4. […] Secondly – and this point is specific to Northern Rock – I have been disappointed and frankly surprised at how the Northern Rock management team, both executives and non-executives seem to be succeeding with their Alfred E. Neuman – Who, What me? – defense. While at the same time Messrs. King and McCarthy are being hung out to dry. Now I am not suggesting that these last two and the organizations they represent are blameless; in particular it seems the FSA seriously underestimated the risks Northern Rock was running with their aggressive funding policies, but come on! Regulation does not excuse management from running their own firm. They messed up. In a big big way. And they knew it. Any banker who has covered them in the last decade I’m sure has suggested at one time or another that they “term out”, “extend the maturity” of their funding. This is a jargon for borrowing on longer terms. Again most people would have no trouble understanding that were they to take a Northern Rock approach to their own finances, they would be taking significant risks – let me frame it. Imagine you have a £100,000 mortgage on your home. But only for a month. So every month you go back to your banker and ask for another 1 month loan. Most of the time – most not all – this would be easy, after all if they lent it to you last month, why not this month? But what if – for whatever reason – they didn’t. They ask for their money back. All the sudden your situation flips from perfectly fine, to deep shit. That’s why most mortgages are taken out with 10 year or more maturities. Northern Rock had the equivalent of a one month mortgage on their house – it was cheaper and so gave them bigger profits. But in simplistic terms – the 1st law of Financial Dynamics (Park’s Law): the conservation of risk – the spread, or difference in cost, saved by borrowing for one month vs ten years in fact is the market’s implicit estimation of the probability of liquidity drying up – of not being able to ‘roll-over’ the one month loan. There is no free lunch. Either Northern Rock’s management did not know this or they chose to ignore it and reap the short term returns at the risk of long term failure. Either way, completely unacceptable. […]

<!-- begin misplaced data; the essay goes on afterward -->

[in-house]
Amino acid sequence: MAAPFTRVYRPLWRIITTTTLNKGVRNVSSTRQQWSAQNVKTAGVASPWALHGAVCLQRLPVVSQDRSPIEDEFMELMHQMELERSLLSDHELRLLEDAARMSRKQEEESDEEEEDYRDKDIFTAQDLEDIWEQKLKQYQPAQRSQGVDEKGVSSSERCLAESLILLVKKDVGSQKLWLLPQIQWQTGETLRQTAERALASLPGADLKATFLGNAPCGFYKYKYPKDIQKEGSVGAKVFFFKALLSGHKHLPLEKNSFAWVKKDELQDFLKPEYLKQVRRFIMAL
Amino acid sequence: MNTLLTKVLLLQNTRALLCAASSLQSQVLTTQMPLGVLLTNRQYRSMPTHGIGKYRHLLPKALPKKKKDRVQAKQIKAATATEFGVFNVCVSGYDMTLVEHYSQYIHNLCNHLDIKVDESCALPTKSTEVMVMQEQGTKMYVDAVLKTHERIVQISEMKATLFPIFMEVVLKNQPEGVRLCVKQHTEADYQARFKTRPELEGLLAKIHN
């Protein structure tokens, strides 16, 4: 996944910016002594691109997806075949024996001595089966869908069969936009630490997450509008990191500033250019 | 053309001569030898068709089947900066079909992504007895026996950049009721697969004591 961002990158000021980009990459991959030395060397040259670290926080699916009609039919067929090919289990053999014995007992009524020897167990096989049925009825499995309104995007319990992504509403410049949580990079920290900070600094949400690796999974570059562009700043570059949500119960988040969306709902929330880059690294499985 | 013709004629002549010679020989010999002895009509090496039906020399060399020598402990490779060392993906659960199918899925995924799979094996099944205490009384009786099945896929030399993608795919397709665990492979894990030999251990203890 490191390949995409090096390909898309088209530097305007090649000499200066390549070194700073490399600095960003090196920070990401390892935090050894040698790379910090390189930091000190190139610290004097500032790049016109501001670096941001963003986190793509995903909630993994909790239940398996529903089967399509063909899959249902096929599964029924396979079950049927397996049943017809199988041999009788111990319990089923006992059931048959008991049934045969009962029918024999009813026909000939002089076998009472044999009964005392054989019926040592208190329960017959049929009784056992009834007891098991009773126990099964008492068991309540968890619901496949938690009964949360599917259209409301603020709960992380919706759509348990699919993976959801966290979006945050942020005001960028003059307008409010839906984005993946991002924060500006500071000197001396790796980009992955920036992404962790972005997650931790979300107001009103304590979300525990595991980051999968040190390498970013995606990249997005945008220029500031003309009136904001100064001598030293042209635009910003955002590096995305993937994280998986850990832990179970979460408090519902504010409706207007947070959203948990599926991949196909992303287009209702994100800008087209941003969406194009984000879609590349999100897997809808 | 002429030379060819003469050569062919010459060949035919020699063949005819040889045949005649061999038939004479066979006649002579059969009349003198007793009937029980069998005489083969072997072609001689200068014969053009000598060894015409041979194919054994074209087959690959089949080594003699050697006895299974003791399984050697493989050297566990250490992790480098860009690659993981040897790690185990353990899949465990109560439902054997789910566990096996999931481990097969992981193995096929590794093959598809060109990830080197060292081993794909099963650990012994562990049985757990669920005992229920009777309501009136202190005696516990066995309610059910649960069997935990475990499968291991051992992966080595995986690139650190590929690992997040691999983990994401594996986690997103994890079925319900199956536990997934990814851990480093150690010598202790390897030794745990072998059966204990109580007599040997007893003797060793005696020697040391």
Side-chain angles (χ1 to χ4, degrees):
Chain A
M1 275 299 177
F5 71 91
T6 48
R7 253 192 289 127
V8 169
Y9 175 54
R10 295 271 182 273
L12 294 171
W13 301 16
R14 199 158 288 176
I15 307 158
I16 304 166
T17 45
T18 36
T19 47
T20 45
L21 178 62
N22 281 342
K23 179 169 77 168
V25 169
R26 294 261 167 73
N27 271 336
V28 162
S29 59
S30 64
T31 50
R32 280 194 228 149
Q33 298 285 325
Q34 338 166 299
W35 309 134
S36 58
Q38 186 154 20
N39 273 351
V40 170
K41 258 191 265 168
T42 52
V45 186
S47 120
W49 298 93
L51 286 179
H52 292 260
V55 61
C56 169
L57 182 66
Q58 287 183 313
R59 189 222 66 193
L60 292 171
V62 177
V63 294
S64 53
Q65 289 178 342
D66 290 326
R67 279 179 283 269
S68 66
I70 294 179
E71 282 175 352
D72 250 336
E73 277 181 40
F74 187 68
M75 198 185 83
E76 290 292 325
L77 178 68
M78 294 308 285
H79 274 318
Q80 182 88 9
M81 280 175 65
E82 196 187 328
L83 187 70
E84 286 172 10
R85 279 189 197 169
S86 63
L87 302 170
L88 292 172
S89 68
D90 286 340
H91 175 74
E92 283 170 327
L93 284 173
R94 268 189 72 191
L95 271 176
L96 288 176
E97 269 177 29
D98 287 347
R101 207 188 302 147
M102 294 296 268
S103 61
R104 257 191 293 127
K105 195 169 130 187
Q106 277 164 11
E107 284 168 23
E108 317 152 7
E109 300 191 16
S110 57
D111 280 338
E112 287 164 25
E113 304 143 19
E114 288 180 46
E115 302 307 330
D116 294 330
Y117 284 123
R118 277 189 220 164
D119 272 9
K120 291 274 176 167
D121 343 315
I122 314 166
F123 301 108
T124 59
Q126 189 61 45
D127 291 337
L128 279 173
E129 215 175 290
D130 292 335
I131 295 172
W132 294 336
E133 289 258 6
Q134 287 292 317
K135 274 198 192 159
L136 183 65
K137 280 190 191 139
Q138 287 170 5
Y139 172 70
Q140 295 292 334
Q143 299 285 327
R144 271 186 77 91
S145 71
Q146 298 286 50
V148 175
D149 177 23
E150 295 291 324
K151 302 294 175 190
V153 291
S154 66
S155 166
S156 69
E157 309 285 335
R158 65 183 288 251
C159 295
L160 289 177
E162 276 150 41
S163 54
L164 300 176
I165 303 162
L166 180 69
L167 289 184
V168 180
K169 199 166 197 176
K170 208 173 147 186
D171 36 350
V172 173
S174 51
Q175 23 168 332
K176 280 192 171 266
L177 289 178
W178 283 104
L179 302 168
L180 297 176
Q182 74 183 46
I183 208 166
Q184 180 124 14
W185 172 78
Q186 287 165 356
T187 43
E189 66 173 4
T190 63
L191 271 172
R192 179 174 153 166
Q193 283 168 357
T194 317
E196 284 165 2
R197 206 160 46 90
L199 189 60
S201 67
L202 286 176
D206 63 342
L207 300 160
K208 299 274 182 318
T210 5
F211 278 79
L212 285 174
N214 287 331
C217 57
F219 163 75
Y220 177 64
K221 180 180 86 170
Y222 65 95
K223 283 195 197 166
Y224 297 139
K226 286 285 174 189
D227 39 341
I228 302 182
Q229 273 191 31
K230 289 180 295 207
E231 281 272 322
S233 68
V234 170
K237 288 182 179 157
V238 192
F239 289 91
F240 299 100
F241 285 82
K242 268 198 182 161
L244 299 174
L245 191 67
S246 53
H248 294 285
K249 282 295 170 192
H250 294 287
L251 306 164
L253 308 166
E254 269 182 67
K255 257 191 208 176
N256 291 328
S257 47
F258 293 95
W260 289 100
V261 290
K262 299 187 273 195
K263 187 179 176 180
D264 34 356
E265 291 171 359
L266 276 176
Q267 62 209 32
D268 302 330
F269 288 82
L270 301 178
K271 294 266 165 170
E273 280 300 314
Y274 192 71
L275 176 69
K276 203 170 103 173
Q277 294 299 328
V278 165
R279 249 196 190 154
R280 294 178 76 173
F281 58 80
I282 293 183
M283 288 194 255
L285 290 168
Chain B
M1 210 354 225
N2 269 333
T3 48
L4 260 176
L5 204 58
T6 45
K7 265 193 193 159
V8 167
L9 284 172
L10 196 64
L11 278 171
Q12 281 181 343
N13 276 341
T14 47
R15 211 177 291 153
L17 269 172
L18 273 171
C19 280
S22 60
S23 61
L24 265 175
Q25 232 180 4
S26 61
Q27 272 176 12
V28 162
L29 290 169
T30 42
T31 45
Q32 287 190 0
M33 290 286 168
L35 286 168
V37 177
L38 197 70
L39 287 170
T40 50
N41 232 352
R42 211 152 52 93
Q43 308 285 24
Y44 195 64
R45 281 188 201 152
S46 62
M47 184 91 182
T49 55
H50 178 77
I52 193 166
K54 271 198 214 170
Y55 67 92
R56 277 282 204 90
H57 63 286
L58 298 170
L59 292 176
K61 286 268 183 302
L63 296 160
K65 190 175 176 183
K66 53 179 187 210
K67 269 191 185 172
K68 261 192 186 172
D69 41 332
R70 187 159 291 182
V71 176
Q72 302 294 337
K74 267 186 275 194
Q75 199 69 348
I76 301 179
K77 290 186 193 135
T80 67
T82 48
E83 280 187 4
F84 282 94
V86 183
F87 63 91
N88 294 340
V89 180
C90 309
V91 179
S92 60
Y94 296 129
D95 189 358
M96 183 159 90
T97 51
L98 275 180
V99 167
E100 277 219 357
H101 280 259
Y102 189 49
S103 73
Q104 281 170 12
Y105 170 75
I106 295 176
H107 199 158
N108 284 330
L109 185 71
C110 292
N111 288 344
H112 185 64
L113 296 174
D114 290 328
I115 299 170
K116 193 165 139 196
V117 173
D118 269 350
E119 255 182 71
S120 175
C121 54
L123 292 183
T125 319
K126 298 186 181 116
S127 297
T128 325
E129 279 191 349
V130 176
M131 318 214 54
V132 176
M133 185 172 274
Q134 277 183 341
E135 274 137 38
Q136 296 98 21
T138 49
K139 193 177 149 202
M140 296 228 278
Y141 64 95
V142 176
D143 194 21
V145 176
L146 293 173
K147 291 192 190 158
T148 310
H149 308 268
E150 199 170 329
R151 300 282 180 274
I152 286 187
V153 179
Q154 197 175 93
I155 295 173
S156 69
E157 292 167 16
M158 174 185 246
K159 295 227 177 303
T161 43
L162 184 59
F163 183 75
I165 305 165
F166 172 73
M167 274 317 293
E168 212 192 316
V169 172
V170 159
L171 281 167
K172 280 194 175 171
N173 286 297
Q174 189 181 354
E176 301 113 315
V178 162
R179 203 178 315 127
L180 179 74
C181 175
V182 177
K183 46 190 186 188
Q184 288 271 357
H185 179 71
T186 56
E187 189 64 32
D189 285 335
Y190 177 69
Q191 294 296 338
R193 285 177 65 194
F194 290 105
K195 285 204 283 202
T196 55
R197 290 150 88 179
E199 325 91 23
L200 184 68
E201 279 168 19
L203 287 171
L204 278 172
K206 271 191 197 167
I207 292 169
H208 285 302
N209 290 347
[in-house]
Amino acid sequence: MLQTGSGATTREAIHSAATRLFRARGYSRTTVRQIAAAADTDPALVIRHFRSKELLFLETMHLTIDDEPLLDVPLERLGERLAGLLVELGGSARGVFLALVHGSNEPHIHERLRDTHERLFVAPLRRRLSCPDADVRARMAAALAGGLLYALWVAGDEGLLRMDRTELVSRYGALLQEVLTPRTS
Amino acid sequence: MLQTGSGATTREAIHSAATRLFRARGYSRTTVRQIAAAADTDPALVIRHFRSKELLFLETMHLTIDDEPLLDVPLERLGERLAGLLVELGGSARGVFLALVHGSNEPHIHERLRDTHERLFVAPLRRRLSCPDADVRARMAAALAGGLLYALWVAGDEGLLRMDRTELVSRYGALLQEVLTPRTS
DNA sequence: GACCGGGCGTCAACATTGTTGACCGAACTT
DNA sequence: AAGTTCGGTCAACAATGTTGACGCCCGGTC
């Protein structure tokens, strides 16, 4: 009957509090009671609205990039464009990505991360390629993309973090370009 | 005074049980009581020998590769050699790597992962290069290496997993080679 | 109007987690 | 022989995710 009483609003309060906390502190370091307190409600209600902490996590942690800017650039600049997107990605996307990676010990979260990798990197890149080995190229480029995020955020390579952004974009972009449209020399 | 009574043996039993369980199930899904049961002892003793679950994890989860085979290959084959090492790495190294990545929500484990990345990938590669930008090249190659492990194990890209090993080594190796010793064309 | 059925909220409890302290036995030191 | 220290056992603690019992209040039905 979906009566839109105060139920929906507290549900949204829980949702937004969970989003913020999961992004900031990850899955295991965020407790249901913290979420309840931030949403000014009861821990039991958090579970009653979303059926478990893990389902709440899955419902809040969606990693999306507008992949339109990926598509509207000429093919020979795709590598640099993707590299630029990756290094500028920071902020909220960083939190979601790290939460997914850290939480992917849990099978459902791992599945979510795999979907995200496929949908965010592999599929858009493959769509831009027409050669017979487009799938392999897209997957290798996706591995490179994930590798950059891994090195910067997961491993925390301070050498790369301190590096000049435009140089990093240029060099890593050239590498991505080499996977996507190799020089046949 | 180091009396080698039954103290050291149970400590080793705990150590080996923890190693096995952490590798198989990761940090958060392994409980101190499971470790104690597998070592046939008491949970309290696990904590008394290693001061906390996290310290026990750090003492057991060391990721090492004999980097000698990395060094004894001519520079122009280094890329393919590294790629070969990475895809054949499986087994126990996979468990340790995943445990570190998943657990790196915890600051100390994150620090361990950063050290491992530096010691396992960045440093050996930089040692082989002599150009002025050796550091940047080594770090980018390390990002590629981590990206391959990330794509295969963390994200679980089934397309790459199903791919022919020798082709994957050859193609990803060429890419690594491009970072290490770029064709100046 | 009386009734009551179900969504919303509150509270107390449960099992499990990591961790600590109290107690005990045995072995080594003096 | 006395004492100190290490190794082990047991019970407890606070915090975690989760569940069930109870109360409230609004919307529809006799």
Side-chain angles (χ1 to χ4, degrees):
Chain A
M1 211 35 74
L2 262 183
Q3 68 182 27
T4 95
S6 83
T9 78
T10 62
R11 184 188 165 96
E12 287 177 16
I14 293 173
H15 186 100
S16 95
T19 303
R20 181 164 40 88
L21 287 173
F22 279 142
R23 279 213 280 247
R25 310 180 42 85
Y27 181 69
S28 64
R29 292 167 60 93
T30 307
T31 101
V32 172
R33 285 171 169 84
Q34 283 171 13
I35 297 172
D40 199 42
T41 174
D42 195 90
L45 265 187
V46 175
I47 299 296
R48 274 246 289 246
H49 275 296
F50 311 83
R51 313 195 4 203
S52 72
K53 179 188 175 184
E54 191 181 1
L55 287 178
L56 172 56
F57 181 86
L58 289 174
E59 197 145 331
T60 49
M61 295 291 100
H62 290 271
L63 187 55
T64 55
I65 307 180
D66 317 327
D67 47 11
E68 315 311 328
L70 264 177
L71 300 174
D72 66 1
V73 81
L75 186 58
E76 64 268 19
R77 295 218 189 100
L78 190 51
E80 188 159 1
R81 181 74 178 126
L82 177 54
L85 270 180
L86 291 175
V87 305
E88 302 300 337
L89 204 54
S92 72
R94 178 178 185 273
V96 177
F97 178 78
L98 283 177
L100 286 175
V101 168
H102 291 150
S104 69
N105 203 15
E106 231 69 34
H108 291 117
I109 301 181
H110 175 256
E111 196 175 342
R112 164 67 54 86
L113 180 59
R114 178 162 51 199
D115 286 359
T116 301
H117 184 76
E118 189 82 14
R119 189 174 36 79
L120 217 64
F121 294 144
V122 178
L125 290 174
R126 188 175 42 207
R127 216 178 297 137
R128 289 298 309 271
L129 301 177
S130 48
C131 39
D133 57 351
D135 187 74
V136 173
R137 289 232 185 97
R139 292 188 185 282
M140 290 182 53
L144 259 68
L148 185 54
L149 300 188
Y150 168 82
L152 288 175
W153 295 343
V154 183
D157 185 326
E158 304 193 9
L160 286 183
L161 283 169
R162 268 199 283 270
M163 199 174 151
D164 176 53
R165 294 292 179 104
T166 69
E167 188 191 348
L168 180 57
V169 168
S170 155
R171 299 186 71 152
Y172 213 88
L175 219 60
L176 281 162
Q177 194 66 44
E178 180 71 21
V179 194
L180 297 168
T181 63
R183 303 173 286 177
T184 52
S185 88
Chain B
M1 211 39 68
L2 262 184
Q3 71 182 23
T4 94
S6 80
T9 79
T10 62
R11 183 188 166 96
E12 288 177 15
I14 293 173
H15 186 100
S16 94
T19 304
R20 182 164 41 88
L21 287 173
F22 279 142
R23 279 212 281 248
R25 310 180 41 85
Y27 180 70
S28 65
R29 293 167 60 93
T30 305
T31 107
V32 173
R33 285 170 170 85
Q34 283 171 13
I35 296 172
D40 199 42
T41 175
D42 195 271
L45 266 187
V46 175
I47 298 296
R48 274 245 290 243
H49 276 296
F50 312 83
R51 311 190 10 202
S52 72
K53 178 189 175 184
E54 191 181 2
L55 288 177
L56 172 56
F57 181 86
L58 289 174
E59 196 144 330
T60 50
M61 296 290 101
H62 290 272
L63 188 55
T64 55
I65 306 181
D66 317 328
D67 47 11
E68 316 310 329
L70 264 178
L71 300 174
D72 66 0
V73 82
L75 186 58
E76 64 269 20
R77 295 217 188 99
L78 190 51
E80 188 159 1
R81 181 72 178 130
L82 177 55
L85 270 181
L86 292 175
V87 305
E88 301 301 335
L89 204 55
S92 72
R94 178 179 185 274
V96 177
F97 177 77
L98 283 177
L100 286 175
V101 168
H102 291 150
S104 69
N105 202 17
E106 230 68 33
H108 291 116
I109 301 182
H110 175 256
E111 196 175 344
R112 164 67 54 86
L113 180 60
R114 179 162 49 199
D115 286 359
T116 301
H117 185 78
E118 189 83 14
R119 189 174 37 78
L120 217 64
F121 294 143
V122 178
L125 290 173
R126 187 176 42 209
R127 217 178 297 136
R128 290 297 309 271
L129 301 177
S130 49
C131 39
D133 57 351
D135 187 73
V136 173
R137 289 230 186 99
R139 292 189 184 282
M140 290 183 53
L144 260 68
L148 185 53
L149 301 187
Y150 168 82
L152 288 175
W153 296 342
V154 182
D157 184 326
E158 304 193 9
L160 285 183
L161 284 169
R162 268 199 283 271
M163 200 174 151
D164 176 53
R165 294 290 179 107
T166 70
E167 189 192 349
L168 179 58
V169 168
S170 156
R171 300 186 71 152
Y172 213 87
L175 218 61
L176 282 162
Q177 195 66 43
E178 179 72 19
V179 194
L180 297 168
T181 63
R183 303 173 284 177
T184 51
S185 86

5. […] At the risk of sounding patronizing, I would only suggest that the banks behind this fund don’t forget the law of conservation of risk: the underlying risks – the fundamental risk quarks – remain immutable. This does not diminish the potential value that can be created by rearranging and recombining this risk into different shapes and sizes, however the likelihood of this ultimately succeeding is in my opinion increased significantly if this ‘financial law’ is explicitly acknowledged by the financial professionals doing the engineering. Historically this has not always been the case (and has in my view been a key factor in creating some of the problems this fund now seeks to repair.) I imagine that Mr. Turner is thinking along these same lines: (from the Guardian article) Some economists doubt, however, whether the plan will work. Graham Turner, of GFC Economics, said: “It is little more than a confidence trick that does not go to the heart of the matter – namely how to prevent the downward spiral in property prices and escalating foreclosures feeding off each other.” […]

  6. […] Last August I pointed out that the brave leaders of the State of Florida had in effect taken a huge punt on the weather. (Using the tried and tested gambit of bribing their citizens with their own money. Only better – leveraged!) […]

  7. […] risks exist and cannot be regulated away. Call it the 1st law of Financial Dynamics: the of conservation of risk. And I would postulate that pushed down to the base of our economic system, these risks would be […]